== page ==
Losing Track: The Problem With Sleep Trackers in Ireland ― and How to Sleep Without Them

Sleep tracking apps and devices are popular these days. Just like any other country, Ireland likes its devices. How much so? Well, a study in 2017 by Deloitte reported that a third of the people are checking their phone within five minutes of settling down to sleep. 40% of people go straight onto their phones when they wake and half have a sneaky look at their phones in the middle of the night.

Given their fondness for tech, the Irish could well be open to the use of sleep-tracking apps and devices, but, like others, they’d then be exposing themselves to some of the flaws in this type of technology. Although sleep tracking apps and devices might seem the business, they could have the exact opposite of helping people to sleep in a nation where a lot of people are highly attentive to what’s happening on their phones. Here are a few of the flaws:

They’re not that accurate

The first thing to note is that sleep trackers can provide a misleading picture of just how well you’re sleeping. A 2018 study compared four different, wearable sleep trackers and found that the apps did a good job of tracking when the users fell asleep. ‘Brilliant – I’ll invest in one’, you might think. Then came the hammer blow: the sleep trackers could be recording the sleep incorrectly. Even if you don’t wake up during the night, they can register sleep as broken, which might encourage you to take steps you don’t need to take. Not so great.

On top of managing your sleep based on potentially misleading information, if you’re not used to interpreting data you could end up analysing the information itself incorrectly. Trackers tend to send daily notifications, which can have an immediate impact on a person’s mood and persuade them to take a wrong course of action instantly. When using sleep-tracking technology, it would be better to look at weekly summaries, not daily ones, to get a bigger picture of what’s going on.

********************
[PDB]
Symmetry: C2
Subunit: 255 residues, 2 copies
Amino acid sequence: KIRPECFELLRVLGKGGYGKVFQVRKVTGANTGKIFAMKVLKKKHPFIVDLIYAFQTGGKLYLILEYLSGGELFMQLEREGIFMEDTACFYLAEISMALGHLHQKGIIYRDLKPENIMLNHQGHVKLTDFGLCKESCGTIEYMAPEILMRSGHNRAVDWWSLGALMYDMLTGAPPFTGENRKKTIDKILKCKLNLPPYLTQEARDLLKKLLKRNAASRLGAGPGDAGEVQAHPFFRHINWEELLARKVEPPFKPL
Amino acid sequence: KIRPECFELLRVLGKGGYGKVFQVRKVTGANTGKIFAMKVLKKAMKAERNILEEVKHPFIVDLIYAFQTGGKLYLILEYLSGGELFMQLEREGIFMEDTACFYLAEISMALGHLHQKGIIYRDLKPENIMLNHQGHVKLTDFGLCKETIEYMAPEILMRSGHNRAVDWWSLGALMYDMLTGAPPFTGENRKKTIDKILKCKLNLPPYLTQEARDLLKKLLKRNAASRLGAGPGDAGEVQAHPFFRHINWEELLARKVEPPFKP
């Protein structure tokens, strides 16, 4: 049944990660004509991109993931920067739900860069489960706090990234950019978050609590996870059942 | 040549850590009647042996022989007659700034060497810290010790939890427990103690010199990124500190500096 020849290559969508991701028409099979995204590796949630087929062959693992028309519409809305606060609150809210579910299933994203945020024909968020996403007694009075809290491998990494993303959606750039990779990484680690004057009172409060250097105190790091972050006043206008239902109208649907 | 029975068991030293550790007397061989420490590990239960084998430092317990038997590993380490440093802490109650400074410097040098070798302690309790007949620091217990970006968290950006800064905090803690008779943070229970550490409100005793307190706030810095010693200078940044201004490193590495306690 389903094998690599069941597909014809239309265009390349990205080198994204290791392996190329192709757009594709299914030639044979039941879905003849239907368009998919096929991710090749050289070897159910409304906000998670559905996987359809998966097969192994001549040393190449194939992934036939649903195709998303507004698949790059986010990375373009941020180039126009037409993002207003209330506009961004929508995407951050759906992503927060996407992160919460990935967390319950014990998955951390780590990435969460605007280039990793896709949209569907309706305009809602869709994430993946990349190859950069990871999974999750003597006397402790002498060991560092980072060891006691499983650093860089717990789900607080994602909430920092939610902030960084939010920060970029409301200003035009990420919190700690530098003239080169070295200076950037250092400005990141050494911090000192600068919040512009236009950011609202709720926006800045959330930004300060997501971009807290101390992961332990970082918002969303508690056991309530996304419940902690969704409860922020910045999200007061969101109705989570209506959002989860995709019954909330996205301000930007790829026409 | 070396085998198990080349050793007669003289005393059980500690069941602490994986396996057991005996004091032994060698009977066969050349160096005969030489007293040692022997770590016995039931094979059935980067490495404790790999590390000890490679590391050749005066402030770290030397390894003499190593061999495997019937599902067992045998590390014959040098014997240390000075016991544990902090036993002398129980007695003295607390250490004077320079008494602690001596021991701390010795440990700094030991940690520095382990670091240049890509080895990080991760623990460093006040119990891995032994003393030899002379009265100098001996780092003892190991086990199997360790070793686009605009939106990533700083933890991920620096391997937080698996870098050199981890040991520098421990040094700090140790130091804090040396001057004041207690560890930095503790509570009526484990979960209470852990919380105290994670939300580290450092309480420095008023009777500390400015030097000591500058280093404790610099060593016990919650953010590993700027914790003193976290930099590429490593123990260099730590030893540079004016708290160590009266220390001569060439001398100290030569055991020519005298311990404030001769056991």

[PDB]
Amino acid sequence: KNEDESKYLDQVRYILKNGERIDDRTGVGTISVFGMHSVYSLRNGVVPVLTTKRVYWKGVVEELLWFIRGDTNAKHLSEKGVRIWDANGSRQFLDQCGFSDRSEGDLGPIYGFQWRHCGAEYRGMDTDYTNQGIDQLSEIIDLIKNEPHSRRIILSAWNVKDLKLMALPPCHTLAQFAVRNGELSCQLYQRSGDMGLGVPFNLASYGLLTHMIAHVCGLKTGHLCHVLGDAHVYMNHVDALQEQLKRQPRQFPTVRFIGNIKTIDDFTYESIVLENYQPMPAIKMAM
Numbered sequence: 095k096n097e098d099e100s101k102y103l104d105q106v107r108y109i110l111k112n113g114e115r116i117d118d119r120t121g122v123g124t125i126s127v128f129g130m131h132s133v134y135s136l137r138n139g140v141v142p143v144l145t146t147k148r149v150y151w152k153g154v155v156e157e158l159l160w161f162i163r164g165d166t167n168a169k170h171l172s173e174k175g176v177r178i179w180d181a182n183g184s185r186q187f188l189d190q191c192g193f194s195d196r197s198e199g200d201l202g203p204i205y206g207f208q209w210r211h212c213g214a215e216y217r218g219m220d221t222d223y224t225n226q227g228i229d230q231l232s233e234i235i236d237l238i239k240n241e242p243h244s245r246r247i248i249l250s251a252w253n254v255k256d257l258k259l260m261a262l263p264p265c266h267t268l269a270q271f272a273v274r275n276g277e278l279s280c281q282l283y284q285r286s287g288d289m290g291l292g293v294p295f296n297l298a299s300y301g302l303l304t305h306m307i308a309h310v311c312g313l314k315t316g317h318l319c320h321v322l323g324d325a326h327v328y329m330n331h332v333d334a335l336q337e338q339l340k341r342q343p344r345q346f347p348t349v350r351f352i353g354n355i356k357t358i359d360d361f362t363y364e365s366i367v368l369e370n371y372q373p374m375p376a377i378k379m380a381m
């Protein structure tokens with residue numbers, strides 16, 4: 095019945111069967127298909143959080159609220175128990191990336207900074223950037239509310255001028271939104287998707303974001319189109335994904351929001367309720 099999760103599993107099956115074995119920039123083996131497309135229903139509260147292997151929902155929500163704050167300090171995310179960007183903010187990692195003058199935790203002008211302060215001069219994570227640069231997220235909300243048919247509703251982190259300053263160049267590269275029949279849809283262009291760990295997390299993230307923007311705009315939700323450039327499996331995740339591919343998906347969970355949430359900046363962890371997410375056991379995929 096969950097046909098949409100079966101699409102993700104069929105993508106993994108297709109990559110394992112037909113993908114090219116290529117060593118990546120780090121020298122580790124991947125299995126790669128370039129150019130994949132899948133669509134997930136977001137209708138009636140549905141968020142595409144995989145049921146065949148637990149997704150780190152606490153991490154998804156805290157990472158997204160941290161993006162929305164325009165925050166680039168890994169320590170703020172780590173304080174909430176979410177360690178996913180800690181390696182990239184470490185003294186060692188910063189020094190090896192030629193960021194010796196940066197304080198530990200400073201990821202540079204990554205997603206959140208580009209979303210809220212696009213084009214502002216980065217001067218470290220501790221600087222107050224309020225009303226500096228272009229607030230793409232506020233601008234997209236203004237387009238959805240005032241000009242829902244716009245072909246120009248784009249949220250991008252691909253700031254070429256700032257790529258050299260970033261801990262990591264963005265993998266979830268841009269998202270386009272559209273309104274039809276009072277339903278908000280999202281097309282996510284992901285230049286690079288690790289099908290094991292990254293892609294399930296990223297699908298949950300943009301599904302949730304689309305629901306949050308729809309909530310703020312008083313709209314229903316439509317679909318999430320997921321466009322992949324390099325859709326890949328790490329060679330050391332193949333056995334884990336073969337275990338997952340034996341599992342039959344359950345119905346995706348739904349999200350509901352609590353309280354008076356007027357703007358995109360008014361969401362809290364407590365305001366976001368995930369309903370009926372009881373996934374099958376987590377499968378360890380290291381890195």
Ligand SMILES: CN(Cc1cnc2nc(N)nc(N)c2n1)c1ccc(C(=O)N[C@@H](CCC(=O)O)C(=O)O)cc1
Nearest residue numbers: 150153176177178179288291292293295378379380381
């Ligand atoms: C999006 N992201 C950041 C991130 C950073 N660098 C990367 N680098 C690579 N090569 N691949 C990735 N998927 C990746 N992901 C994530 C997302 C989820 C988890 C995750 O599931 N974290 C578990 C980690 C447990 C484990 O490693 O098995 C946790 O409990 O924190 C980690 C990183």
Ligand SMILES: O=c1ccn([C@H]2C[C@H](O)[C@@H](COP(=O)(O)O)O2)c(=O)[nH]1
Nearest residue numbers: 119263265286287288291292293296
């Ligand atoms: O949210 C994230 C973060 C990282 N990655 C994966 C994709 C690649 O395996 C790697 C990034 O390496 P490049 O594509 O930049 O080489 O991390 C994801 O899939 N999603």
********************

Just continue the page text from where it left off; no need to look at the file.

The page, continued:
Sleep trackers don’t track the different phases of sleep

You know the band REM, right? If you’re wondering where it got its name from, the world of sleep has been its inspiration (although it has been said they just picked up a medical dictionary and picked a word at random without looking). REM, which means ‘rapid eye movement’, is a phase of deep sleep. It’s the one in which we dream. The brain is immensely active during it.

This is just one of the stages of sleep we experience. There are two different cycles: Non-REM and REM. The non-REM cycle consists of three different stages: in the first stage, the eye movements slow down; in the second stage, brainwave frequency increases; the sleep becomes deeper in the third and fourth stages, the brain produces more ultrawaves and the body sets to work repairing muscle tissues, storing up energy and boosting immune function; and the fifth stage is the REM stage, which is important for memory function and learning.

The thing is, sleep apps and trackers don’t measure REM. They rely on measuring heart rate and movement to determine when you’re asleep and when you’re awake. These aren’t precise enough to measure REM and other phases of sleep correctly, which contributes further to the general unreliability of sleep tracker information.